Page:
Liverpool: Stewart Downing May Be Odd Man Out, but Reds Should Keep Him for Now

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Liverpool: Stewart Downing May Be Odd Man Out, but Reds Should Keep Him for Now
Julian Finney/Getty Images

Every summer since the last one is always regarded as the biggest for Liverpool, and this summer has been no exception.

The arrivals of Kolo Toure, Iago Aspas, Luis Alberto and Simon Mignolet have taken the headlines, but admittedly not as many as the failure to prevent Henrikh Mkhitaryan from joining Borussia Dortmund and the ongoing, immensely tedious game being played concerning Luis Suarez’s future.

Ins and outs have always been part of these big summers that Liverpool have experienced, with hits and misses seemingly being made in equal measure.

At least now the “profile” that the Reds seem to be following regarding new arrivals is a relatively clear and pleasing one, but that hasn’t always been the case in the past―most notably the summer of 2011.

The “Moneyball” phrase that was thrown around back then as director of football Damien Comolli and manager Kenny Dalglish approached the transfer market was far-reaching and seemingly misunderstood by many, but it was clear that players were being signed based on a statistical approach, most notably Charlie Adam, Jordan Henderson and Stewart Downing.

All of their numbers from the previous season were good ones―Adam as the fulcrum of a relegated Blackpool side, Henderson as the young, energetic influence at Sunderland and Downing as a creative, attacking force at mid-table Aston Villa. Could they transfer those stats to Liverpool? Well no, not immediately anyway.

Adam left a year later, and Henderson has struggled for recognition, but with the latter now having seemingly won manager Brendan Rodgers over, the most interesting case lies with Downing.

Earlier this week, the BBC's Phil McNulty reported West Ham United's interest in the Liverpool winger. The winger’s future at Liverpool has now come under yet more scrutiny than it received last season, when he revealed that Rodgers had told him he was free to leave the club, as reported by BBC Sport.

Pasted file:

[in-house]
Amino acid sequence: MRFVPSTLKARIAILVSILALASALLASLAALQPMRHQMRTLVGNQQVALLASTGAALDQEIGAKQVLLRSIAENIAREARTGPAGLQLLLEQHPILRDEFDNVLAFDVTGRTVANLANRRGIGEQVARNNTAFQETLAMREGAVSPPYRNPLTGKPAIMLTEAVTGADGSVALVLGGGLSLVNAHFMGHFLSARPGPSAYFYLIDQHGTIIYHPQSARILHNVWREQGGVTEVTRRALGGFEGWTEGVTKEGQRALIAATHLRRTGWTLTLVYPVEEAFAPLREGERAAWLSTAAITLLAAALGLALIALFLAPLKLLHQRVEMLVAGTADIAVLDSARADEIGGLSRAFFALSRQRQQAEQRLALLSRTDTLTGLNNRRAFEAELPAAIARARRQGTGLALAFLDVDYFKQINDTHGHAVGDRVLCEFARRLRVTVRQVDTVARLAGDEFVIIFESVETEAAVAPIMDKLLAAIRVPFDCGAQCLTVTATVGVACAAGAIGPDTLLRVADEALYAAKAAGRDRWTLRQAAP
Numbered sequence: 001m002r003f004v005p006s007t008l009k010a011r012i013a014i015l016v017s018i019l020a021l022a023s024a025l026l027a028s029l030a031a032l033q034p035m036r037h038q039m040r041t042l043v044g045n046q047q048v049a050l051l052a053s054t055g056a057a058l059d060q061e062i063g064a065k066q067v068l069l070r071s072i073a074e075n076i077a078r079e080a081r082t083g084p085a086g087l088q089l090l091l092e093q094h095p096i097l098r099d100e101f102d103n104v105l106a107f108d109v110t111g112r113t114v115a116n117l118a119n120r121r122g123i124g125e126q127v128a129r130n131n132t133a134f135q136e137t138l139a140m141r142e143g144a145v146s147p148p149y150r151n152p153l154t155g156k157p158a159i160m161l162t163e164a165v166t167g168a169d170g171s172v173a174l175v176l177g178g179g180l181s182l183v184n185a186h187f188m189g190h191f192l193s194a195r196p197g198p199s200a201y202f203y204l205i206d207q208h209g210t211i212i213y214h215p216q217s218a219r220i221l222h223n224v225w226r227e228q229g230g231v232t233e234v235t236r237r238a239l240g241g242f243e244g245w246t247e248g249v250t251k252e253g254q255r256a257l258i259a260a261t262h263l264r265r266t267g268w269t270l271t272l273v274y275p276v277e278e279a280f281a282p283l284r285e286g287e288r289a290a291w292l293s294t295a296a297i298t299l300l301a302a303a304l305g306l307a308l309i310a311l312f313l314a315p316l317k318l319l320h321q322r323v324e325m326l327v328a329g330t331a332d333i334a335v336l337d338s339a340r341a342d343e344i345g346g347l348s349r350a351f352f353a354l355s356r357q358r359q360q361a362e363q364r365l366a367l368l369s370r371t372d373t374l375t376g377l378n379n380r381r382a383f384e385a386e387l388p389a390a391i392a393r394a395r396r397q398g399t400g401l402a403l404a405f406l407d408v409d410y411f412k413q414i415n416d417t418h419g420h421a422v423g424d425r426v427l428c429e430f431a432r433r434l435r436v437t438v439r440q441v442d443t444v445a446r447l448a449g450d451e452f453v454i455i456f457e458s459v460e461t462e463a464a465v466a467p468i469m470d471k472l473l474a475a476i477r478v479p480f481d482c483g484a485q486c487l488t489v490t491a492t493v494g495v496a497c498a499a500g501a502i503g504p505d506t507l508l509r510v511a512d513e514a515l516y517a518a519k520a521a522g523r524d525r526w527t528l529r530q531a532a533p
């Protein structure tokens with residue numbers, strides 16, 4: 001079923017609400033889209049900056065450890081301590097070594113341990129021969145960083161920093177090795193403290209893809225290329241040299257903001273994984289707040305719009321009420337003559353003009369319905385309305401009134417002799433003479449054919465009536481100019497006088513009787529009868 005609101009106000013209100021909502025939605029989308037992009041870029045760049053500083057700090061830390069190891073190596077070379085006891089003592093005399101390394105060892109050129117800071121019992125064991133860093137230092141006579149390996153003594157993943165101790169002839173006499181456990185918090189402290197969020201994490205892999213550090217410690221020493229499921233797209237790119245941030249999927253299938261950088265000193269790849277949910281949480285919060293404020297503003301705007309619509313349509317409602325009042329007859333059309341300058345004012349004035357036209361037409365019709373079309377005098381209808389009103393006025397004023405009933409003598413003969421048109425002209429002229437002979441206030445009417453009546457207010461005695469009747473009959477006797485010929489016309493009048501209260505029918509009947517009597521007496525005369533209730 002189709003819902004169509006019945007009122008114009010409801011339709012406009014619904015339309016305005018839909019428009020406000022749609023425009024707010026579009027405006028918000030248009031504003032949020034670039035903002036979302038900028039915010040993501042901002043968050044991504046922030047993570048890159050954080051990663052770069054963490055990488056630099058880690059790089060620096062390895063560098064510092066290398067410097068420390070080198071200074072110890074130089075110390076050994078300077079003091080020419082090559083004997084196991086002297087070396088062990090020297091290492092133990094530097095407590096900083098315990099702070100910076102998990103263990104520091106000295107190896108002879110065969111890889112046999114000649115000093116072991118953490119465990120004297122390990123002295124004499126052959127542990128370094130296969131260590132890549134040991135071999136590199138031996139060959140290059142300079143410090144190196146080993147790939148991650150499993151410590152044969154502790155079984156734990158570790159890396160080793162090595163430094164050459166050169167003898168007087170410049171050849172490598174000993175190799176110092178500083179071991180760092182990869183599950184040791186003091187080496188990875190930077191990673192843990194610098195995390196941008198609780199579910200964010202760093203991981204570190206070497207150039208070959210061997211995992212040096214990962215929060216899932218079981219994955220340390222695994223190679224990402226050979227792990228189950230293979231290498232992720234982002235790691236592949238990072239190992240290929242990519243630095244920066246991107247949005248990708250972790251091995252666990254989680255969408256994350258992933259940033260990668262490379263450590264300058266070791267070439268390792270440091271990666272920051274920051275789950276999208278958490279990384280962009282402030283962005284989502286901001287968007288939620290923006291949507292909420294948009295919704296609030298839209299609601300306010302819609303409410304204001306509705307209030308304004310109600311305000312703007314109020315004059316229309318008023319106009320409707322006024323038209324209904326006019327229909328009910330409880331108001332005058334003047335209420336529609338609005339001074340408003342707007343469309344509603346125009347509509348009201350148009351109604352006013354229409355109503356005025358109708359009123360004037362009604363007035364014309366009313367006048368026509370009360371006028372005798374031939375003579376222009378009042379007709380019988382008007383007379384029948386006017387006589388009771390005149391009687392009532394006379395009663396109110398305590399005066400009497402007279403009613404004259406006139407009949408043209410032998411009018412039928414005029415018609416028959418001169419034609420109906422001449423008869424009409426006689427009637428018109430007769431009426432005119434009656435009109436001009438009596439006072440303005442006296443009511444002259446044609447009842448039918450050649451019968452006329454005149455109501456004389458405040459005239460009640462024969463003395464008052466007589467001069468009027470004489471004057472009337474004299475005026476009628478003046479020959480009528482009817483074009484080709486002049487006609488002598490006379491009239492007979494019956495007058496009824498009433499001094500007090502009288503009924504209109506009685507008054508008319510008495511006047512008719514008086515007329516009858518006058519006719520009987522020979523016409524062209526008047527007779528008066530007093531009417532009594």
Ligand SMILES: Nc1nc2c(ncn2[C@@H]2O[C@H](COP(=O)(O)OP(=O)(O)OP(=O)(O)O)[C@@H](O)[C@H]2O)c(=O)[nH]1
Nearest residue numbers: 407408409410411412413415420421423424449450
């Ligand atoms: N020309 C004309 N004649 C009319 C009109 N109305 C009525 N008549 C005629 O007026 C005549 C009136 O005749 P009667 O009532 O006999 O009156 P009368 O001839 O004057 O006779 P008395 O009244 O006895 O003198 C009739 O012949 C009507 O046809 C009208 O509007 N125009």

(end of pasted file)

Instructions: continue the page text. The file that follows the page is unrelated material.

Showing terrific mental strength―although undoubtedly aided by injuries and Liverpool’s general lack of squad depth―he recovered from seemingly being shoved out of the exit door to make 45 appearances for the Reds in all competitions, playing his best football for the club as he did so.

Now, though, that West Ham interest and the arrivals of Aspas, Alberto and perhaps more have shrouded that future in yet more doubt.

Downing himself has been quick to respond to the new signings with a generic “I’ll fight for my place” statement on the club website, but whether or not that proves enough in the wake of potential new arrivals remains to be seen.

What is surely clear is that Downing will have a huge task on his hands if he wants to rack up similar appearance numbers to last season's―something that is extremely unlikely―but if he’s happy to stay and battle towards a first-team berth then the Reds should allow him to do that, for now at least.

He may be regarded as an odd man out in a Liverpool team seeking to commit themselves to attractive, possession-based football, but there is still room for his work-ethic at the club at the moment.

Crucially, four of the players he’ll be battling with for a place in the team―Aspas, Raheem Sterling, Jordon Ibe and Fabio Borini―are either untried at this level, still very young or both, and so the experience of a 34-times capped England international could come in handy.

Should Liverpool manage to attract a superstar to play in Downing’s position―and they are likely to be looking for one, especially given the Suarez situation―then everything will change, of course, and it will make much more sense to look to develop a Sterling or an Ibe as opposed to keeping a well-paid reserve on the staff, but Downing’s sale shouldn’t be rushed into.

Some Liverpool fans might not like to hear it, but right now their squad isn’t strong enough to let a player of his quality go.

Whether it eventually will be depends on just how big this latest in the long line of big summers becomes.

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